The German attack, Operation Barbarossa, launched on June 22, 1941, to find much of the 6th Rifle Division forming part of the garrison of the Brest fortress. At that time many natives of the Voronezh area (an appeal that took place in 1940 and spring 1941) served in the division's units. The defenders of the fortress during the Siege of Brest set an example of the highest courage and heroism.

On August 1, to the north from Кричева (Kricheva) in a strip of defense of 148th Rifle Division the Germans struck massed blows by aircraft, and then forces of 24th Motorized Corps has gone over to the offensive. On the highway Krichev - Roslavl (Рославль) 4th tank division has moved, and from Мстиславля aside Smolensk armies of XLVI Motorized Corps have directed. 6th Rifle Division, which was on the right flank of the 13th Army, deployed, and its 84th Rifle Regiment was cut off from the main forces of the division. The communistic battalion of volunteers-ленинградцев given to a division has rendered помщь surrounded a regiment. Fighters-communists under command of item of the lieutenant And. Pryanishnikov's Item have rushed to resolute attack and on shoulders of fascists have rushed(have rushed into) in Ганновку (to the north Милославичей), have destroyed up to a battalion of alive force of the opponent and have captured a staff of a battalion. On the night of August, 4th the division has broken from enemy rear and regained the main Soviet defence line.

In the fierce fights for settlements Zamoste, Гута-Сенска the division rendered sensitive losses to parts of the German 258th Infantry Division. The Germans left on the battlefield a hundred corpses, 30 motor vehicles, 45 motorcycles and large numbers of weapons. As of September 1, 1941, the Division was a part of 45th Rifle Corps of the 13th Army of the Bryansk Front. On the night of September 2, 1941, the 29th Motorized Division of 47th Motorized Corps forced Desna at the railway bridge to the south from White Berezki (Березки) and has grasped jumping-off place северо-to(North of?) the west stations Znob. 13th Army headquarters took urgent measures to not allow expansion of the German jumping-off place. Fight was entered with 50th tank and both 307th and 6th shooting divisions.

As of October 1, 1941 was a part of 13th Army of the Bryansk Front. On September 30 and on October 1, the division defended earlier taken positions. On October 2, one of the division's regiments continued to defend a boundary from a mouth of the river Znobovka up to (the claim.) area Krenidovka, other parts in movement in area Suzemka with the task of mastering by it. The Division took part in defensive fights near Bryansk, the Eagle and Kursk. The division was in the end of the first year of war among those formations which stopped the Germans on a boundary of the river Tima. At the city of Shchigry it strongly held positions during half a year.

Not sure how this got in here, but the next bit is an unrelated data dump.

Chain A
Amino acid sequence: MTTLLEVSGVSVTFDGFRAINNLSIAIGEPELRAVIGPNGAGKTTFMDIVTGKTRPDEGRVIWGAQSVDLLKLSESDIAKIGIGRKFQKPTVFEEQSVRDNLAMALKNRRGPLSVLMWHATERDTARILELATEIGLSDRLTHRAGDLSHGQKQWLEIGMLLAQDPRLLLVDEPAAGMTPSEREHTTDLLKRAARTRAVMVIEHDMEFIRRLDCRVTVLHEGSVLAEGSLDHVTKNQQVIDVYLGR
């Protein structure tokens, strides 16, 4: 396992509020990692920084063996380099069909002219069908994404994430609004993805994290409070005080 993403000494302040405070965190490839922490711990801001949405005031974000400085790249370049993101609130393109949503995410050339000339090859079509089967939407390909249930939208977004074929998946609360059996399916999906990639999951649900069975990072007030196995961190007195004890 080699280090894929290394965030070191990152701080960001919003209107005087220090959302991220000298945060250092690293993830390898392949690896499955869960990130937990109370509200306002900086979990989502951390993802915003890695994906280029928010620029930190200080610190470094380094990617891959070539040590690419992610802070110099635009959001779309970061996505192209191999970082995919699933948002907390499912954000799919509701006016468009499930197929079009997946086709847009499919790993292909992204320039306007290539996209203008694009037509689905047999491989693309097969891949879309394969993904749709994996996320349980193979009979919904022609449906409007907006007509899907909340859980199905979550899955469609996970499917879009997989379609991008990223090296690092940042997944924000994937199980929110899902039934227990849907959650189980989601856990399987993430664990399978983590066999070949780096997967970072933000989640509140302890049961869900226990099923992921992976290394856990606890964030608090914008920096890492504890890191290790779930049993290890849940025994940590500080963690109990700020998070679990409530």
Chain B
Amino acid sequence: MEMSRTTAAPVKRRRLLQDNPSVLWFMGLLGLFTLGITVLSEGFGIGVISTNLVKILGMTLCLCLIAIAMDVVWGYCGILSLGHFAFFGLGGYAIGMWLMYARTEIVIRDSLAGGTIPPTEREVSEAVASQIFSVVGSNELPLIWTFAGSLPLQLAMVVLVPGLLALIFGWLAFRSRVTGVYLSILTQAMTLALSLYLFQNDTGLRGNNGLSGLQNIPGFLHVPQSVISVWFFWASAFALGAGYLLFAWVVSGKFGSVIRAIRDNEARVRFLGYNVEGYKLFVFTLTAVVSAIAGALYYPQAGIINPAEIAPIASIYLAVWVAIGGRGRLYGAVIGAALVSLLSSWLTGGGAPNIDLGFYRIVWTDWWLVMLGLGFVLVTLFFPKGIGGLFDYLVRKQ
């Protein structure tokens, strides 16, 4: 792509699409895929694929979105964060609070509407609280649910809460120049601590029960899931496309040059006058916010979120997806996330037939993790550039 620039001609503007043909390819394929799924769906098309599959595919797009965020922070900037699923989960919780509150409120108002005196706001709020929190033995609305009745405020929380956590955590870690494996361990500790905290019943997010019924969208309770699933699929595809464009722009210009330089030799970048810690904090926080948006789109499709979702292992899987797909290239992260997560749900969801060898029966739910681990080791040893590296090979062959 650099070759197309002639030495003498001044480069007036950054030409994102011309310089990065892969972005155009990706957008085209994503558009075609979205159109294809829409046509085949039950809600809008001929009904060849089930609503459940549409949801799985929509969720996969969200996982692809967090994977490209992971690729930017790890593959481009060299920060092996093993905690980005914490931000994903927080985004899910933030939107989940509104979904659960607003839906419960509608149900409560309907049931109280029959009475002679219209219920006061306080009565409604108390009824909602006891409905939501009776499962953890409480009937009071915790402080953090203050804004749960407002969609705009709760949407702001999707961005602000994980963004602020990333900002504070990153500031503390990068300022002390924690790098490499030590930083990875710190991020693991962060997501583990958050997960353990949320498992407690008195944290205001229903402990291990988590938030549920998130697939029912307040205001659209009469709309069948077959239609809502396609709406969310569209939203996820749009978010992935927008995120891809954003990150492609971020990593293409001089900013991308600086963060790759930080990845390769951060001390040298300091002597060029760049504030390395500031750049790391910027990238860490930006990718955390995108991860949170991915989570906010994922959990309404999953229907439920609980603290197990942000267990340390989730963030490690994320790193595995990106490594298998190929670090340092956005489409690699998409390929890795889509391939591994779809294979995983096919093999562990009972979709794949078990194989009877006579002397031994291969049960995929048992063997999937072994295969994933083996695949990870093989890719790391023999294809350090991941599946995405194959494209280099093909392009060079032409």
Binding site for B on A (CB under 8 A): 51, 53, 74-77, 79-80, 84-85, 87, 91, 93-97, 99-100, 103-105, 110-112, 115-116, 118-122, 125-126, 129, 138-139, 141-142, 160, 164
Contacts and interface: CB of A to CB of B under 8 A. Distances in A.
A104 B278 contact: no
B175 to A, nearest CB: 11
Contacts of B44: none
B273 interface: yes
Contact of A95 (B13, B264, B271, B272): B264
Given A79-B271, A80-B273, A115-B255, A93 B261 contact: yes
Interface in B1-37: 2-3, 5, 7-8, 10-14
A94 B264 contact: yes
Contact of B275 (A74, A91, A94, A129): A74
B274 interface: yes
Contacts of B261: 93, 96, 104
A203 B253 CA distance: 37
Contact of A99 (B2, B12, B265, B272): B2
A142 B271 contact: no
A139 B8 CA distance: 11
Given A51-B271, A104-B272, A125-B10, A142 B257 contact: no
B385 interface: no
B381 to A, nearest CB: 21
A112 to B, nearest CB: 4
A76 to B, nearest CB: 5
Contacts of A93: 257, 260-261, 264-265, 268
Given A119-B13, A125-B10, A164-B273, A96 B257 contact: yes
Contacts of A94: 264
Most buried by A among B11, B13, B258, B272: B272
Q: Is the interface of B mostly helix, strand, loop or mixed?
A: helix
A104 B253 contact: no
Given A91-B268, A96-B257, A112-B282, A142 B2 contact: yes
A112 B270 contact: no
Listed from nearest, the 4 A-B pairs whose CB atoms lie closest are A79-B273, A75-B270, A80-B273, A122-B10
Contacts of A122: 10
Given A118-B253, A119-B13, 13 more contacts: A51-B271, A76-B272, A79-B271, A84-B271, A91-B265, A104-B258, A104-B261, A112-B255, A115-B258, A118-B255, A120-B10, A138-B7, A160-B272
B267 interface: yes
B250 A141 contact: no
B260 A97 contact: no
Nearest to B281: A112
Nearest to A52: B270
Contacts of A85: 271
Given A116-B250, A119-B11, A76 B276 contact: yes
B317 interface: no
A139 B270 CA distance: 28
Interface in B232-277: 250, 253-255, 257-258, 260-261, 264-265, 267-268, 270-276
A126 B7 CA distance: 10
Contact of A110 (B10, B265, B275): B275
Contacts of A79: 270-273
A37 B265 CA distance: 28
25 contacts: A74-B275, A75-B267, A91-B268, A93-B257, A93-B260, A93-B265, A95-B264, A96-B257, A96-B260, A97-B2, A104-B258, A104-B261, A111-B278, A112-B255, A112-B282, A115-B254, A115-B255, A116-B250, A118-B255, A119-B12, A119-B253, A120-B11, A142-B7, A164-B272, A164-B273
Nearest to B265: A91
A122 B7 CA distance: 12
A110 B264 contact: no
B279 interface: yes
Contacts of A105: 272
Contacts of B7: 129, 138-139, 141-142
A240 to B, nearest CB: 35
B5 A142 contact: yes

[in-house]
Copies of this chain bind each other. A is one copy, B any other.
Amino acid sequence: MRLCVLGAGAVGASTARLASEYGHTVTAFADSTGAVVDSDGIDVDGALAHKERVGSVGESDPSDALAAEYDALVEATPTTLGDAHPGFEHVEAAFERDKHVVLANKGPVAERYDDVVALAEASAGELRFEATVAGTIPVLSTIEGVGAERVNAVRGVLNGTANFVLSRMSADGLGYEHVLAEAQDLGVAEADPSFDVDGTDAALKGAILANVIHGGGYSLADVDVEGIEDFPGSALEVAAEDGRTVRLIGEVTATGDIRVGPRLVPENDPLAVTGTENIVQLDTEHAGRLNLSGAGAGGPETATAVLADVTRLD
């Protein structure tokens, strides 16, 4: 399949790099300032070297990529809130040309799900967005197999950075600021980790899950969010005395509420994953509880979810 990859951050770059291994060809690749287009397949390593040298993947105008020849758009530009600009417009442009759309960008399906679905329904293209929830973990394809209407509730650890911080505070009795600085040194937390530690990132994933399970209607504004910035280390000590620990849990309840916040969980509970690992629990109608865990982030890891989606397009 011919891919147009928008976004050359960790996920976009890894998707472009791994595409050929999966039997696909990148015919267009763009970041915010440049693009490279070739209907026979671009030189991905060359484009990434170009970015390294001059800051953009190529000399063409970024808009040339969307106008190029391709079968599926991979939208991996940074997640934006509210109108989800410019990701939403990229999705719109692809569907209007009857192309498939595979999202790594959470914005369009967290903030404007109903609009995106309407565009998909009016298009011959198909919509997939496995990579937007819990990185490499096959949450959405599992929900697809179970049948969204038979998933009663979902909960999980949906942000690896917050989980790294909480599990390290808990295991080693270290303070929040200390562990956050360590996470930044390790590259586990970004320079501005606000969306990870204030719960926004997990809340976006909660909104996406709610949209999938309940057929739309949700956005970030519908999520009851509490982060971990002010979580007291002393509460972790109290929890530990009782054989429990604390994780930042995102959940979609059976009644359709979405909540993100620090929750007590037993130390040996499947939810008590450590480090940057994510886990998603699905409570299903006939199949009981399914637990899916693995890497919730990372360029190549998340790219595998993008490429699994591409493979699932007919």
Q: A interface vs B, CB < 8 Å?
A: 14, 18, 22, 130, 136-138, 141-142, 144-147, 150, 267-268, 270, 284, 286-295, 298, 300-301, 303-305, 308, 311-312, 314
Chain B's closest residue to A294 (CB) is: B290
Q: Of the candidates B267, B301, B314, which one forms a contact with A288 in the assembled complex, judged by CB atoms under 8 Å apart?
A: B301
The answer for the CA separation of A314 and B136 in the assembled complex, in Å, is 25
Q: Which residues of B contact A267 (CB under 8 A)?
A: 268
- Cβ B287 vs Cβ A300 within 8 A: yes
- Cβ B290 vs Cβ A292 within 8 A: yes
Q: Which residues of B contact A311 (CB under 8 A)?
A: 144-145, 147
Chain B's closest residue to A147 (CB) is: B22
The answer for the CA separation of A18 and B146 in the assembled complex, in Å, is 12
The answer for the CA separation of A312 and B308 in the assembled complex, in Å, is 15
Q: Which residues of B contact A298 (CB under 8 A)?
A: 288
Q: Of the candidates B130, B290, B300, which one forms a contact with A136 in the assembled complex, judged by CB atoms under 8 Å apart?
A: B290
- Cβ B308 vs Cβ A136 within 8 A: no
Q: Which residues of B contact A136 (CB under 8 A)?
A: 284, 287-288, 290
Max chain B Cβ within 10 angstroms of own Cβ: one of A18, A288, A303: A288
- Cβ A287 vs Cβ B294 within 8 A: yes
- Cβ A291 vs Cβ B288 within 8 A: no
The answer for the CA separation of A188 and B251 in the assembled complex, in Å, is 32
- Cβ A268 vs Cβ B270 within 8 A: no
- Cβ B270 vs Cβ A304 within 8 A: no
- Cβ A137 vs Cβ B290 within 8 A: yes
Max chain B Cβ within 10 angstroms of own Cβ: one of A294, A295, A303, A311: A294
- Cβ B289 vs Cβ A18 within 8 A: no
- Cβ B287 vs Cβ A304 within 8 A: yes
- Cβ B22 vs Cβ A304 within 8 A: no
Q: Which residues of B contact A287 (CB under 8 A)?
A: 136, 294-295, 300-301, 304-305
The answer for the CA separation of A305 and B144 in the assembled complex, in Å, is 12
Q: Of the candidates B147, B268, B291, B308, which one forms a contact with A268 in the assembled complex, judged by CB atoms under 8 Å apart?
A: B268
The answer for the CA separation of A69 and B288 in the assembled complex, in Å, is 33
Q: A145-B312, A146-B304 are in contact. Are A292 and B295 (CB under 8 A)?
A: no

In the end of June 1942, the division has appeared on a direction of the main impact of the German forces who have started the approach aside of Voronezh. For eight days of fighting, from June 28 until July 6, the division destroyed 53 tanks, 64 motor vehicles, 4 planes, plus a lot of other enemy equipment, and many soldiers and officers.[6] During this week parts of a division have strongly thinned also. However they have kept forces that right after deviation for Don, without rest and поплнения, to take defensive positions on the left-bank part of Voronezh and to repulse the pressed enemy.

And hardly the Germans have been stopped in a right-bank part of city as 6th division has successfully lead individual offensive operation and has begun jumping-off place Chizhovskomu.

After the battle in Voronezh, the division took part in the clearing of Ukraine, Romania, Hungary, and Czechoslovakia. In August 1945, the Division distinguished itself in Soviet invasion of Manchuria, fighting as part of the 53rd Army of the Transbaikal Front. The division has received for services in battle (September 1945) the honourable name "Хинганская (Khiganskaya)" and was awarded another Order of the Red Banner and an Order of Suvorov. After the war it was briefly made part of the Fifth Army before being disbanded by being redesignated the 6th Rifle Brigade in November or December 1945.

Third formation[edit]

6th Rifle Division was briefly reformed for the third time in 1955–57 in the Transcaucasian Military District from the 406th Rifle Division, assigned to the 4th Army.[7] However, it was reorganised as the 60th Motor Rifle Division in 1957. The famous combat history of the division and the feats of arms of its soldiers in the protection of Voronezh and in other battles are told in the exhibits of the museum of Boarding School No.4 on Leninsk prospeckt in Voronezh.

References[edit]

  1. ^ "Original Russian text of article source.". 
  2. ^ Jaan Maide (1933) [www.ksk.edu.ee/file.php?ID=1208 Ülevaade Eesti vabadussõjast] Kaitseliit publishers, Tartu
  3. ^ a b (Polish) Grzegorz Łukomski, Bogusław Polak, Mieczysław Wrzosek, Wojna polsko-bolszewicka 1919-1920, Koszalin 1990.
  4. ^ (Simonov. 100 days of war. Smolensk, “Rusich”, 1999, p.348 (document provided)) via Lenskii, 2001.
  5. ^ Colossus Reborn, 2005, 201.
  6. ^ Central Archive of the Russian Ministry of Defence (ЦАМО the USSR), ф. 203, оп. 2848, л. 27/
  7. ^ Michael Avanzini, Craig Crofoot, Armies Of The Bear

Sources[edit]